These are my brushed up notes for a presentation I gave during one of First Opinion's all hands meetings in October 2015.
Types of Mistakes
I want to start with a discussion of the three types of mistakes, as relayed to me by a good friend of mine:
Honest mistakes - Everyone falls victim to an honest mistake sometime in their life (I fall victim to them more than most). You accidentally push incomplete code to production or you leave an ad campaign running just a little too long. We're human, these mistakes happen, so we fix them and move on.
Incompetent mistakes - The people that are committing these mistakes are either out of their league, or incompetent. Either way, it's time to cut them loose or give them a different job.
Process mistakes - Most mistakes are because of a lack of process, so I want to spend the majority of my time talking about this type of mistake and how we seek to minimize them (nobody's perfect) at First Opinion.
Minimizing Process Mistakes
Let's start with Engineering, since I happen to know a thing or two about how the engineering team works.
The first line of defense for engineering is our automated tests. Each major piece of our codebase has a decent amount of tests backing it up, as a completely unscientific informal look at the amount of code we have written just to test the codebase, here are some conservative stats on our three biggest software areas1:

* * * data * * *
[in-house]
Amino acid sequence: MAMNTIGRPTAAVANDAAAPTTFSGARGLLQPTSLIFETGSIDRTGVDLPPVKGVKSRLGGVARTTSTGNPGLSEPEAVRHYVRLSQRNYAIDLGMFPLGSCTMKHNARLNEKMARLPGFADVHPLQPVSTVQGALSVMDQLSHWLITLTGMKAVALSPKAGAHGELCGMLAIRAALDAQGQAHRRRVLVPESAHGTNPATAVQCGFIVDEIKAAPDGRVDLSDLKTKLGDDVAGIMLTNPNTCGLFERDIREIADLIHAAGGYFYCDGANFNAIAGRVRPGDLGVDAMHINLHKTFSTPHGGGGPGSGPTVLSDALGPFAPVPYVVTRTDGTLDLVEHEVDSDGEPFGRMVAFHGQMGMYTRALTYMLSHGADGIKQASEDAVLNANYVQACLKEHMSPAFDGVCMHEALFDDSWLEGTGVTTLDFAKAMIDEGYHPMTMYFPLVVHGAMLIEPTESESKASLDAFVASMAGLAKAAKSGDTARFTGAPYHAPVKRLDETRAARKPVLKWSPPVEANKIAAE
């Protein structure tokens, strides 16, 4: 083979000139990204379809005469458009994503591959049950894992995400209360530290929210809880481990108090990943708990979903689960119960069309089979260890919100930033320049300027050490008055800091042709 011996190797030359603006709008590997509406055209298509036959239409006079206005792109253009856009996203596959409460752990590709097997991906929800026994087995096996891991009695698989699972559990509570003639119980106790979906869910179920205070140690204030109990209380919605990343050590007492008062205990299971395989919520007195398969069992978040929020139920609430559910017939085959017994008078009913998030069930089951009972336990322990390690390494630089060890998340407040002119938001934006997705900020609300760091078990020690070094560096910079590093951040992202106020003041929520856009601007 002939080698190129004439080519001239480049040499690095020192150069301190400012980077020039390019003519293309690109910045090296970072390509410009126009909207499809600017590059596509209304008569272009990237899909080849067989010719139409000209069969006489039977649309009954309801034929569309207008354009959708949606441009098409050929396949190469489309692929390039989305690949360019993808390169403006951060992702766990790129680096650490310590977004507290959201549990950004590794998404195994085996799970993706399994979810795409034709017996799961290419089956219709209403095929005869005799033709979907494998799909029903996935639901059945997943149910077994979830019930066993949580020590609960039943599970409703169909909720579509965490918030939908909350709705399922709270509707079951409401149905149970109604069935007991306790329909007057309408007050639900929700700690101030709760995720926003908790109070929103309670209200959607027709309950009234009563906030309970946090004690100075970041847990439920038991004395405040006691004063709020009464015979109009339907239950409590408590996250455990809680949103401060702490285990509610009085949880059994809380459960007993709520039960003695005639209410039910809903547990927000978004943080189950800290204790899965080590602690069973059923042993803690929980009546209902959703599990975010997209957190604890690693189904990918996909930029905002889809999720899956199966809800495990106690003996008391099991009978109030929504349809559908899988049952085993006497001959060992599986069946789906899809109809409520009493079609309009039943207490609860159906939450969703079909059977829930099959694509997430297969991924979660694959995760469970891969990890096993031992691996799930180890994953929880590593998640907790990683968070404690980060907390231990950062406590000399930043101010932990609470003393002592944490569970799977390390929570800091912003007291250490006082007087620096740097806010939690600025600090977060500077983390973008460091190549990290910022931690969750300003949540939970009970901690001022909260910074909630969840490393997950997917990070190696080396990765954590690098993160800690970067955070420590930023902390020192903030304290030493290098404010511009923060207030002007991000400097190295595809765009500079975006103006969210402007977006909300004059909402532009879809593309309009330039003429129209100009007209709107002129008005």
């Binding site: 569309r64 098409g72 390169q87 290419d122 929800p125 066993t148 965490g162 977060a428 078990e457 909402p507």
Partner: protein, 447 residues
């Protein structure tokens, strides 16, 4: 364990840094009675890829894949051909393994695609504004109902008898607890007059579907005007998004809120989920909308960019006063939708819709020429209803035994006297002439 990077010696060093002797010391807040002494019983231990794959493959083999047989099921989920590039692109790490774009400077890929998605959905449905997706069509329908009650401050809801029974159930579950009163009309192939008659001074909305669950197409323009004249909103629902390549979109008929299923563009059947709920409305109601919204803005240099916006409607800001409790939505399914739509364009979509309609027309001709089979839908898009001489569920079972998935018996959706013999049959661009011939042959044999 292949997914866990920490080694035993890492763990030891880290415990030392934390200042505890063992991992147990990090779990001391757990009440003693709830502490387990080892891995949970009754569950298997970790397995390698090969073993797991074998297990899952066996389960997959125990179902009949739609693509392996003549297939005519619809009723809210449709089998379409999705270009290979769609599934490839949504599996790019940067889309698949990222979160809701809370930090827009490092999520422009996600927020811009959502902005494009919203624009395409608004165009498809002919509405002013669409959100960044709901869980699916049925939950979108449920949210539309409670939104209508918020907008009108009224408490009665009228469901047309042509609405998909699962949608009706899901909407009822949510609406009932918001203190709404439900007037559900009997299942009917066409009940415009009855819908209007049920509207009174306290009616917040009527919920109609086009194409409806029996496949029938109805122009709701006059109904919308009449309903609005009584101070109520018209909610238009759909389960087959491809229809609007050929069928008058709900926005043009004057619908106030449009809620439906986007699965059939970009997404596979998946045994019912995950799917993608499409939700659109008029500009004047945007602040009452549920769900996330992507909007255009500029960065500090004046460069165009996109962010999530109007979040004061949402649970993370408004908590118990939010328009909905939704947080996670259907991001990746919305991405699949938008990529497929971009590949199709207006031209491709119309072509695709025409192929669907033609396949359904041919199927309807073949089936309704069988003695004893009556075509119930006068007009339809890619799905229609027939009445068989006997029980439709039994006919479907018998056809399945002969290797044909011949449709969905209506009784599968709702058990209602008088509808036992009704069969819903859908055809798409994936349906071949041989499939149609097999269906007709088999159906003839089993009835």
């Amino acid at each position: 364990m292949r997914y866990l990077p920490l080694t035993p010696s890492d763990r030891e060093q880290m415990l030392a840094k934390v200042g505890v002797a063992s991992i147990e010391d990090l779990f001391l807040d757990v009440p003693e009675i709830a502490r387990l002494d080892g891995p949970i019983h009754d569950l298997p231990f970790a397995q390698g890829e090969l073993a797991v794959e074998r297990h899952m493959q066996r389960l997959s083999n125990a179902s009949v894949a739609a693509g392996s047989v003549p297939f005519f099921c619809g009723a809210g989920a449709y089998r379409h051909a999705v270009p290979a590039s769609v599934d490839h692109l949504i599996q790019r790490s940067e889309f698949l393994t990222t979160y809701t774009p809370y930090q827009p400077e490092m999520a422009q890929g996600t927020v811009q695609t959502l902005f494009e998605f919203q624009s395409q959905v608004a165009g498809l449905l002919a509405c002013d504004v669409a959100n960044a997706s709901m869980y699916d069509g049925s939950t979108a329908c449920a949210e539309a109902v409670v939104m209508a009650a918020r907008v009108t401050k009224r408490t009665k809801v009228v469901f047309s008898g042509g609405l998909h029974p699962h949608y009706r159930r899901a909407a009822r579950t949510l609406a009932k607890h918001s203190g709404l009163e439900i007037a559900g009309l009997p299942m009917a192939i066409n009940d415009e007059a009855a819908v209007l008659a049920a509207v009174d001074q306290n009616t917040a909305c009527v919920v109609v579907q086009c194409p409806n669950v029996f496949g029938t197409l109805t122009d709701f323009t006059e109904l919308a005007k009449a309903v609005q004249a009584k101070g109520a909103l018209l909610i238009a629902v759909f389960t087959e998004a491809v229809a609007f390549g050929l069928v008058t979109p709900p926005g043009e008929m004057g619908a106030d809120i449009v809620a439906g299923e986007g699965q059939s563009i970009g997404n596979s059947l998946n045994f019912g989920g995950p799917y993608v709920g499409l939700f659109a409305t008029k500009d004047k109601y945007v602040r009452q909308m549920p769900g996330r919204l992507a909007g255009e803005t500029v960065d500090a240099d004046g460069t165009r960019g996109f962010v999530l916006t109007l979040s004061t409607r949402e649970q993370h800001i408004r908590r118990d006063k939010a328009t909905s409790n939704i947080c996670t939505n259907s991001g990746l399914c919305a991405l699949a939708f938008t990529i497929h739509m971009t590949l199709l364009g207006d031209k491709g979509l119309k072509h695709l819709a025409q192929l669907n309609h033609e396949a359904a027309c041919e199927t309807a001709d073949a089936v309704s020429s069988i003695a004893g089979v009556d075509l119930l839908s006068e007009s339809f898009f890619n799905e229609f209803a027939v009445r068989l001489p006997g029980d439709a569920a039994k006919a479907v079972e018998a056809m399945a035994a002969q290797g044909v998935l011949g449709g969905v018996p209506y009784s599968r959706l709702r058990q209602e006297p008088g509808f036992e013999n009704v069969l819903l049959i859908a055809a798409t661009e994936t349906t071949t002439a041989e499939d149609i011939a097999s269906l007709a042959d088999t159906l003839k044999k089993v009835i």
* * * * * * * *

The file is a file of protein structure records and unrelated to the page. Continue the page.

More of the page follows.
- Server - 500+ tests comprising around 15,000 lines of code.
- iOS - 60+ tests comprising over 10,000 lines of code.
- Web-client - Many tests comprising around 5,000 lines of code.
- Other - We have multiple open source projects that also have decent testing suites.
We are constantly adding new tests and making sure the existing tests are still relevant so our Engineers can have that sweet sweet piece of mind that comes from knowing any changes they make to the codebase don't ripple outward like silent chaos ninjas to cause unforeseen bugs elsewhere in our system because without automated tests...
Making even small changes will become increasingly difficult. Eric Evans in Domain-Driven Design: "When complexity gets out of hand, developers can no longer understand the software well enough to change or extend it easily and safely." Facebook [needs] a huge staff to keep up their momentum maintaining a big ball of mud. ... Releases will break things, because you don't understand the relationships well enough to pretend the impact of your changes. ... Next time management or clients try to convince you to move faster and throw quality under the bus, you can say sure, that will work, as long as you can hire 429 engineers to work on our iOS app. via
In fact, our iOS engineers just spent the better part of the last two weeks knocking down the last untested part of the iOS application in an effort to release the most stable app we've ever released2.